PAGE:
Ordinarily, this week's San Francisco Planning Commission meeting would feature all the passion and polemics that make land use politics in the city such a blood sport.
Housing advocates would line up to extol the virtues of building 1,100 housing units on the 17-acre Balboa Reservoir parking lot next to City College, a project that will be up for the first of several necessary approvals on Thursday.
Some residents from the Westwood Park and Sunnyside neighborhoods would testify that the development would overwhelm their low-density residential areas. City College professors and students would blast it as a giveaway of public land to profit-seeking builders. The developer would note that 50% of the project is affordable and that apartments will be set aside for faculty and staff from city college.
But with public meetings moved online because of the new coronavirus pandemic, the city's normally noisy community planning process, which can be exasperating and a model of a healthy democracy, has entered uncertain territory.
"People are confused about out how to participate," said Sue Hester, a land use attorney who has been attending Planning Commission meetings for 40 years. "What if you don't have a computer? You can't watch the commission. Can we have informed public comment? These are some big cases and deserve a full hearing with public participation."
On Thursday, the commission will hold its first remote meeting through video conferencing. Members of the public can submit their comments in writing to [email protected] The meetings will be streamed live on the city government website, www.sf.gov , where there will also be instructions on how to call in to comment.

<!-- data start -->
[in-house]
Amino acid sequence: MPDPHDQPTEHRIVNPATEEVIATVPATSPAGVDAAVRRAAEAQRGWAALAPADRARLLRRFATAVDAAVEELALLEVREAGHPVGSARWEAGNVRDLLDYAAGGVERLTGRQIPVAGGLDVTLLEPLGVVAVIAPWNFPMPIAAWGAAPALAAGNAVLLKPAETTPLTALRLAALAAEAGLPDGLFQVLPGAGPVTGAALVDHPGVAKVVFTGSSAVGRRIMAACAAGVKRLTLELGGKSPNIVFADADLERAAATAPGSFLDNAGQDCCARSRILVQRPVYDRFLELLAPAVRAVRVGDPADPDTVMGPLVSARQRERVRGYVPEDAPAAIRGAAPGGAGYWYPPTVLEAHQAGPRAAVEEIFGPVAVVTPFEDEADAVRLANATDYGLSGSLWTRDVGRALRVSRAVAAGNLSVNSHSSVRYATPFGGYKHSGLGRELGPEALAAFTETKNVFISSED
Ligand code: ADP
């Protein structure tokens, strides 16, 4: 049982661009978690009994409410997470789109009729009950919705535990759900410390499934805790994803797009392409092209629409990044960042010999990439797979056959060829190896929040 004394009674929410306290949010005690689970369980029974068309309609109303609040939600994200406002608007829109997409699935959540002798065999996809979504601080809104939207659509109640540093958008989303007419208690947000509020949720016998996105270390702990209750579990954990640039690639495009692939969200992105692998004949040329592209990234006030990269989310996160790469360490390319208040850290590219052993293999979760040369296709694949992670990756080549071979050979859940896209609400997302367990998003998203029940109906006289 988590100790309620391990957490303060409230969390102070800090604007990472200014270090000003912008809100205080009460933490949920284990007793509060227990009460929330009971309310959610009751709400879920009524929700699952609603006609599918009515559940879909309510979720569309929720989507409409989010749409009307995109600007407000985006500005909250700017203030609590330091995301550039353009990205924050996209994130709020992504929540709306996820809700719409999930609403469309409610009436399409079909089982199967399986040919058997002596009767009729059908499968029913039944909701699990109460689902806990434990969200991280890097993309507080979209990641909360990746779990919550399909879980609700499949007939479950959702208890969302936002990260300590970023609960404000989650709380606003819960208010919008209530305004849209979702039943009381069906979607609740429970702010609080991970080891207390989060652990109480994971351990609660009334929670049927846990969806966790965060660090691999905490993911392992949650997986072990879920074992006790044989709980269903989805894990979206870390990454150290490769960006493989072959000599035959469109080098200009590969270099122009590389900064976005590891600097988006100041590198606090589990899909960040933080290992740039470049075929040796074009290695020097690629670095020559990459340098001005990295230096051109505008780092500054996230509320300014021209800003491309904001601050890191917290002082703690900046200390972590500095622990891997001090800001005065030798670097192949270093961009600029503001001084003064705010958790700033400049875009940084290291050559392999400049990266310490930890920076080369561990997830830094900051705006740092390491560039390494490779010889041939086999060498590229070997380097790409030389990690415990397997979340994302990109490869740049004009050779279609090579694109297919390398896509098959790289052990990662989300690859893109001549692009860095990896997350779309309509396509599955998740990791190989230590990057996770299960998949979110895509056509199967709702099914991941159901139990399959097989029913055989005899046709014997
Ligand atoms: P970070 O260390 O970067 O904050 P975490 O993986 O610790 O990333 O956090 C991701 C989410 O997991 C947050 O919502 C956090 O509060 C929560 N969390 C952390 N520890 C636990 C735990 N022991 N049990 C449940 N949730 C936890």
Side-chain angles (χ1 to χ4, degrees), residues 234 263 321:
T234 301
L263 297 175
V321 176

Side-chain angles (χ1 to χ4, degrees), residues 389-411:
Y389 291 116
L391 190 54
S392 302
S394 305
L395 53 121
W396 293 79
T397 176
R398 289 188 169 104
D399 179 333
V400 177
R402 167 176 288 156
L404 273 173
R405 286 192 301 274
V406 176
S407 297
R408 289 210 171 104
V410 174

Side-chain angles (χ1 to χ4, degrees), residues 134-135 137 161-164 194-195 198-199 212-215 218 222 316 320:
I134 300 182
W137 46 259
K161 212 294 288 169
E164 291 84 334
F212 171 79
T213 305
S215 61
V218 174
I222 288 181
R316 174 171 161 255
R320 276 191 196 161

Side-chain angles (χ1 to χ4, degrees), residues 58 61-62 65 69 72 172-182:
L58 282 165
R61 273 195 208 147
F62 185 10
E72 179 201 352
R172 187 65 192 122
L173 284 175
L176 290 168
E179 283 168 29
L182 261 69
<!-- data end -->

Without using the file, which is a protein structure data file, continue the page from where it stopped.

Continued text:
The hearing is also significant because it is also the first hearing for the city's new planning director, Rich Hillis, who started March 12, right before the health emergency brought most of the city to a standstill.
Instead of sitting up next to the dais where the city's planning commission deliberates, Hillis will be at home monitoring the meeting as family life with three kids swirls around him. The commission meeting, which starts just after the lunch hour and often stretches until well after dinner, competes with the increased household duties that come with sheltering in place.
"Like most city staff, I'm working at the kitchen or dining room table," Hillis said. "My wife is a disaster service worker, so she is at Moscone (convention center). We have family breakfast, lunch and dinner. It's busy."
Still, Hillis said he expects "substantive discussion and comments from the public" at Thursday's meeting.
He said planning agendas during the health emergency will focus on keeping large housing and public infrastructure projects moving.
"We are trying to ease into this and be thoughtful about what we put on the agenda, really limiting it to critical infrastructure," Hillis said. "Especially housing and affordable housing."
Amy O'Hair, the Sunnyside representative on the Balboa Reservoir Community Advisory Committee, said she is scrambling to make sure neighbors can participate in the hearing. She said she is concerned that many residents don't have adequate internet access or technology skills.
"Some local residents have a sense that the constraints of the current crisis may give short shrift to public input," she said.
Corey Smith of the Housing Action Coalition said that he is optimistic that pro-density groups — who tend to be younger than slow-growth homeowners who often oppose tall buildings — will show up virtually to back the Balboa development.
"I think the pro-housing constituencies will be able to participate more than they would if they had to show up in person because you can advocate while sitting at your desk at home," Smith said.
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